Meaning of “consolidate” in the English Dictionary

"consolidate" in English

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consolidateverb [ I or T ]

uk /kənˈsɒl.ɪ.deɪt/ us /kənˈsɑː.lə.deɪt/

to become, or cause something to become, stronger, and more certain:

The success of their major product consolidated the firm's position in the market.
She hoped that marriage would consolidate their relationship.
The party consolidated its hold on power during its term of office.
The company has been expanding rapidly, and I feel it's now time to consolidate (= stop growing and make our present position stronger).

to combine several things, especially businesses, so that they become more effective, or to be combined in this way:

The two firms consolidated to form a single company.
adjective uk /kənˈsɒl.ɪ.deɪ.tɪd/ us /kənˈsɑː.lə.deɪ.t̬ɪd/

consolidated trading/accounts
noun [ C or U ] uk /kənˌsɒl.ɪˈdeɪ.ʃən/ us /kənˌsɑː.ləˈdeɪ.ʃən/

The company is entering a period of consolidation (= becoming better and stronger at what it does).
We have seen a similar consolidation (= joining together) of booksellers and distributors.

(Definition of “consolidate” from the Cambridge Advanced Learner’s Dictionary & Thesaurus © Cambridge University Press)

"consolidate" in American English

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consolidateverb [ I/T ]

us /kənˈsɑl·əˌdeɪt/

to bring together or unite things that were separate:

[ I ] Our offices had been spread among three buildings, and then we consolidated into one new high-rise.

To consolidate is also to make stronger by some action or event:

[ T ] The governor consolidated his power, getting his allies into key state jobs.
adjective [ not gradable ] us /kənˈsɑl·əˌdeɪ·t̬ɪd/
noun [ U ] us /kənˌsɑl·əˈdeɪ·ʃən/

(Definition of “consolidate” from the Cambridge Academic Content Dictionary © Cambridge University Press)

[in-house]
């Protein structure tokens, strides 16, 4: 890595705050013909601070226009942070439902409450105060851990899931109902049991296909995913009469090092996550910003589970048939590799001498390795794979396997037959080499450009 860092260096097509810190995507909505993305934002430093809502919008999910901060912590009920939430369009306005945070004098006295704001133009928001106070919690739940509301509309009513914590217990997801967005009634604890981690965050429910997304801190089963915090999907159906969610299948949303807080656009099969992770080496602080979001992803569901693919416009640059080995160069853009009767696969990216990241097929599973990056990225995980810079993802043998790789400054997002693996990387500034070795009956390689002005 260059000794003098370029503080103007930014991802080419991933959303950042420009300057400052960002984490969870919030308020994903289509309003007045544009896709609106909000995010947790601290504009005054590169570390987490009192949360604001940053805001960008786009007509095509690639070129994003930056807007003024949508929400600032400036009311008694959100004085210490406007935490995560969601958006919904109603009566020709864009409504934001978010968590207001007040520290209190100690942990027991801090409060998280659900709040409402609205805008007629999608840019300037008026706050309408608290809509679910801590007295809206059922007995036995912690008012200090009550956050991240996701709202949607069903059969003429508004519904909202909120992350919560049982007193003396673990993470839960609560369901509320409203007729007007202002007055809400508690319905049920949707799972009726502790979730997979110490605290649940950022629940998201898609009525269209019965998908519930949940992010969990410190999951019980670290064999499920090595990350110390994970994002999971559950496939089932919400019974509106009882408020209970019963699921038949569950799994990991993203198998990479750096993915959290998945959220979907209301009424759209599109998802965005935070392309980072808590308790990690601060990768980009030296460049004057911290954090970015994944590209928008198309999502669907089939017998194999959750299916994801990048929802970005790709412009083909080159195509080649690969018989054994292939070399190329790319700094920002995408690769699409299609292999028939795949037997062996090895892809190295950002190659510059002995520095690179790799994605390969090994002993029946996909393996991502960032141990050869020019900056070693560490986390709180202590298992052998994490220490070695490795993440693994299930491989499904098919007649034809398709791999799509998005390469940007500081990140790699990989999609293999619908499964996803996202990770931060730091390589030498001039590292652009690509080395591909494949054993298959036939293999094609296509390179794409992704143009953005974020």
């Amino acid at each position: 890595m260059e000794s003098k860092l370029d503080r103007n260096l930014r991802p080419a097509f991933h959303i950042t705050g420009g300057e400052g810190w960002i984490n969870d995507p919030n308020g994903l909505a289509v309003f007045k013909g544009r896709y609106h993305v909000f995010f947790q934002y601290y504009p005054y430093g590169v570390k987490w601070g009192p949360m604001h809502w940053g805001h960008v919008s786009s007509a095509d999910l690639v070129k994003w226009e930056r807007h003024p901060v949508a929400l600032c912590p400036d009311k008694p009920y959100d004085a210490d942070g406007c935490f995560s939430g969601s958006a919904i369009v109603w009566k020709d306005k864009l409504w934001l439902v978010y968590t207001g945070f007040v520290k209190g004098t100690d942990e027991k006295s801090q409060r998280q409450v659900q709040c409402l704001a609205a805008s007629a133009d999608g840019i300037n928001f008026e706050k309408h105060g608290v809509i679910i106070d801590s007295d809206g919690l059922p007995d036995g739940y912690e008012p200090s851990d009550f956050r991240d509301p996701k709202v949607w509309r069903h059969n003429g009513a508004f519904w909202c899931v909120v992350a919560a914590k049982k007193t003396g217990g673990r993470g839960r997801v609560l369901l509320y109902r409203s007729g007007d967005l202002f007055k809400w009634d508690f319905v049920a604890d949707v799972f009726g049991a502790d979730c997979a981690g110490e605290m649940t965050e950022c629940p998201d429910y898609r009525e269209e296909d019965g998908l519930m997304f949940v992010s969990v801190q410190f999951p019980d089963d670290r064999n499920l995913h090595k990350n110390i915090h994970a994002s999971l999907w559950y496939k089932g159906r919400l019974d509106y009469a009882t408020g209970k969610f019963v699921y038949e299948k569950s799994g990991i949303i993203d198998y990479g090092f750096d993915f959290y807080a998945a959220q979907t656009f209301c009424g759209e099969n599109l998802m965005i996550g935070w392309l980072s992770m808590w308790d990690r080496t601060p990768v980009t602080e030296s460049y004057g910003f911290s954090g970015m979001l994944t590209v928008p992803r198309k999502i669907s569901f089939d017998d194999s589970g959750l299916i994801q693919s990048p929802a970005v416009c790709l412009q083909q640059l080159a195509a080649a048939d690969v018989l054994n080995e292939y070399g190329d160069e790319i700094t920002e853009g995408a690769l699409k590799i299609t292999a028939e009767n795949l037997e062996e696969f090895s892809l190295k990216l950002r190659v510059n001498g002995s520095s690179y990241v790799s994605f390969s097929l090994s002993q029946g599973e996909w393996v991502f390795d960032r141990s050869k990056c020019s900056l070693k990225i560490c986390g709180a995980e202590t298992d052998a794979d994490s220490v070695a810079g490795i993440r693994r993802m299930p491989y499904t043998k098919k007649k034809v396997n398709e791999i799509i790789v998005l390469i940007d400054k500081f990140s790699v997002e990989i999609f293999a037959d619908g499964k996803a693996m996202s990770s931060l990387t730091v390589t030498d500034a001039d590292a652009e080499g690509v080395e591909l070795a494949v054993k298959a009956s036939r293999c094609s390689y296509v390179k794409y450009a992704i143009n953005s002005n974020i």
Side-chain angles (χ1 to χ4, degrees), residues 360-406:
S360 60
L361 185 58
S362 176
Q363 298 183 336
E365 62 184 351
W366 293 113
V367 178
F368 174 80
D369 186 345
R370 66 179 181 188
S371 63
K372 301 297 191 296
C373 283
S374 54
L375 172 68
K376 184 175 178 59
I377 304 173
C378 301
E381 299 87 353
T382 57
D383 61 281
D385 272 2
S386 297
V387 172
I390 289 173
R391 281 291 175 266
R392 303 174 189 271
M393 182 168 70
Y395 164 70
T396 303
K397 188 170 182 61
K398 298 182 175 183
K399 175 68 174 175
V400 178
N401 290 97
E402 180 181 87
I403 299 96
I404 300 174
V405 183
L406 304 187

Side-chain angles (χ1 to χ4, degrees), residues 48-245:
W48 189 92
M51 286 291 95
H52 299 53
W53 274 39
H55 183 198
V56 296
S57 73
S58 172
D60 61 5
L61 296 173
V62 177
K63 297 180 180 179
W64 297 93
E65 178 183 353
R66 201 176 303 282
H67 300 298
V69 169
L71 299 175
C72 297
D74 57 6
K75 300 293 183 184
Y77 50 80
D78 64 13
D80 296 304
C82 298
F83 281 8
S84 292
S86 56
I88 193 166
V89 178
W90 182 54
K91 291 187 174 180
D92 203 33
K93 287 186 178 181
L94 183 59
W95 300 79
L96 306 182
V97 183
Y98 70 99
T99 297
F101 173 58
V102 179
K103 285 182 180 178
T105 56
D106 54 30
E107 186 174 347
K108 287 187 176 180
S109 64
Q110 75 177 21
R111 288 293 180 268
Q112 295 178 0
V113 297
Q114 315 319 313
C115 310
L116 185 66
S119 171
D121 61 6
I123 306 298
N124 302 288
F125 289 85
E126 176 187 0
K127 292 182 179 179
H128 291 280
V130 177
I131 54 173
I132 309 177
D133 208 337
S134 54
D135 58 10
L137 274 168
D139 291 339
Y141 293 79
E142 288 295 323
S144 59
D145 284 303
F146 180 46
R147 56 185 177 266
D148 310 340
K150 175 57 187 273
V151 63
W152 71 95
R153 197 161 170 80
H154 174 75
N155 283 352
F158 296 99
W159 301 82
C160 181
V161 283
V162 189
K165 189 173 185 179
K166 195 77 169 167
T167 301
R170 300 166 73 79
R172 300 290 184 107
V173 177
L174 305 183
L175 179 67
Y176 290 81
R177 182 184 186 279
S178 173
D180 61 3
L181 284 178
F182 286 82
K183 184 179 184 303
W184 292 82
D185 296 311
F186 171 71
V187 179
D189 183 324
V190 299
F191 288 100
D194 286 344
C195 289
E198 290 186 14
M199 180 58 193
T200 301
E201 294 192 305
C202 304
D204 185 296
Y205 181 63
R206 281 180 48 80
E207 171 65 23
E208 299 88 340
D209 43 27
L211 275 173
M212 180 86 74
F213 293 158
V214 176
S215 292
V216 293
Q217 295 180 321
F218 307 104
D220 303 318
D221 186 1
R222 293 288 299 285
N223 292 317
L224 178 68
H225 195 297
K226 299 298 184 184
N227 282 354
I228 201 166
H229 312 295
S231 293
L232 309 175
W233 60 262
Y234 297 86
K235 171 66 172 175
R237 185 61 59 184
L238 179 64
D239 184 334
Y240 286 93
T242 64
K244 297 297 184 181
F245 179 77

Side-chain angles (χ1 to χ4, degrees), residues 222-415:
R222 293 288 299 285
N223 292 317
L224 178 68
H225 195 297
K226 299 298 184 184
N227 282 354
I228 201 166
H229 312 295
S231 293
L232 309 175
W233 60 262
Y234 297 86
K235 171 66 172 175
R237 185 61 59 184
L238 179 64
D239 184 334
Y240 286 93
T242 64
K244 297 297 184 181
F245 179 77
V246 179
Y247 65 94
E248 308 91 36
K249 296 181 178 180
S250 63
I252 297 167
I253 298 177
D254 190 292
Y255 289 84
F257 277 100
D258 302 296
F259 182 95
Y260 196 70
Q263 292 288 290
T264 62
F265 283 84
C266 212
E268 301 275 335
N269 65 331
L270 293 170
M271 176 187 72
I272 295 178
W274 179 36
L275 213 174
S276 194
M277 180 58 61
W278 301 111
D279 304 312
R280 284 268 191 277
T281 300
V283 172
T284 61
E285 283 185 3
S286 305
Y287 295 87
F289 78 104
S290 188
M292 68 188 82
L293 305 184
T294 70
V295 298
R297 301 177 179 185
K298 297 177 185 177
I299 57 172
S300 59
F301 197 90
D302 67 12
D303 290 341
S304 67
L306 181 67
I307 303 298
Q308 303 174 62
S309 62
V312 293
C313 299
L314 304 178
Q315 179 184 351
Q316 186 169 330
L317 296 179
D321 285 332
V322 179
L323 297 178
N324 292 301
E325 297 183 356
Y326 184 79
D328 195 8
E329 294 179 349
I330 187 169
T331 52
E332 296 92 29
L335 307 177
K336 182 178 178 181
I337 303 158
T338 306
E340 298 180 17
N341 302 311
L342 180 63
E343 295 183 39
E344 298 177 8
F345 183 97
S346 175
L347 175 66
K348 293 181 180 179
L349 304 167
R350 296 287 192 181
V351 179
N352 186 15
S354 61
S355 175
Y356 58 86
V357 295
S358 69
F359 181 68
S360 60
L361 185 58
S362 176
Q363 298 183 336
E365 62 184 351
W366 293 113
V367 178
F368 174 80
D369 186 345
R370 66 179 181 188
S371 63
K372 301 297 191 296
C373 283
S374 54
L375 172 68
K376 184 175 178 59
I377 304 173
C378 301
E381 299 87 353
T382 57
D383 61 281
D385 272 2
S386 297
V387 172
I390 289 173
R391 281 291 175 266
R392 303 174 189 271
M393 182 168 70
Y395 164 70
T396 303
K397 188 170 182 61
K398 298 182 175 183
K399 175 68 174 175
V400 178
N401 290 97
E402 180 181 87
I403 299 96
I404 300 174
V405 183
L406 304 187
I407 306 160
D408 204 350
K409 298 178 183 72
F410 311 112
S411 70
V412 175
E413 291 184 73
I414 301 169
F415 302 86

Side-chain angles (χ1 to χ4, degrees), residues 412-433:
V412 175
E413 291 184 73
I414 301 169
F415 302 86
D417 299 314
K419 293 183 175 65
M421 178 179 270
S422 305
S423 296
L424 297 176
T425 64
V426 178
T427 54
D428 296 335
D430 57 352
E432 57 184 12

"consolidate" in Business English

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uk /kənˈsɒlɪdeɪt/ us

[ I or T ] to become or make something stronger or more successful:

Net assets rose to £758 million, consolidating the company's position as a member of the FTSE 250 index.
The company has been growing too rapidly and it is now time to stop the expansion and consolidate.

[ I or T ] to join the different parts of something together, or to be joined:

The business plan is based on consolidating a fragmented but growing market.
There is still scope for European industries to consolidate.
consolidate sth into/with sth Manufacturing has been consolidated into fewer plants worldwide.
They considered consolidating all their small debts and taking out a new loan to cover them.

[ T ] ACCOUNTING to show the financial results of a group of companies in one set of figures, rather than showing the results of each company separately:

When a group of companies share some economic value, it may be necessary to consolidate group accounts in order to determine the profit and loss.

[ T ] TRANSPORT to put items together in order to send or transport them:

Your shipment will be consolidated with those of other customers and transported by container.

(Definition of “consolidate” from the Cambridge Business English Dictionary © Cambridge University Press)